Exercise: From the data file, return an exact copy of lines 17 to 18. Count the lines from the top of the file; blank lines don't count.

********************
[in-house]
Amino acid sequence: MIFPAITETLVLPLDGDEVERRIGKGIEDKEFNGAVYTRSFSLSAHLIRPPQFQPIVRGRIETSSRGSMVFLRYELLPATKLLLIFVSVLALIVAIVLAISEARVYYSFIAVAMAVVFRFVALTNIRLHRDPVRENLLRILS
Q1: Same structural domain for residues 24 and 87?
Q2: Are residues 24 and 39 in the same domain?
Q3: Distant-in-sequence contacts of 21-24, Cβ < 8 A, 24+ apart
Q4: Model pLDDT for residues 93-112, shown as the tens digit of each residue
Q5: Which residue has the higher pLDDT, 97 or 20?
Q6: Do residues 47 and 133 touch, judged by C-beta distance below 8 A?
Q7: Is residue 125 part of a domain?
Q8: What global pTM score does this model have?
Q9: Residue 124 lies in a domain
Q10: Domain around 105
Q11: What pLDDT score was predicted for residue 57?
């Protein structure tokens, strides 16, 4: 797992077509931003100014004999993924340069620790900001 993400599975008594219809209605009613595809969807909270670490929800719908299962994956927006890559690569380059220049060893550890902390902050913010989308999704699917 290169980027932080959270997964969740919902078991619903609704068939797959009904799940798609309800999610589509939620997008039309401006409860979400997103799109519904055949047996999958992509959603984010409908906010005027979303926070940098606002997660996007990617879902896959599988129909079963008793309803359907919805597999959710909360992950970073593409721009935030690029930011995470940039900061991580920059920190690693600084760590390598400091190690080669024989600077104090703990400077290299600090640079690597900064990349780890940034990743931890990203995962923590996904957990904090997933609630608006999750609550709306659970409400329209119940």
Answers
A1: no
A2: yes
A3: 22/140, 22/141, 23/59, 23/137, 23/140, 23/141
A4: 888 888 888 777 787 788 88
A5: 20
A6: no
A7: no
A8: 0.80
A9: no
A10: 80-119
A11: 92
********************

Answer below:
A2: yes
A3: 22/140, 22/141, 23/59, 23/137, 23/140, 23/141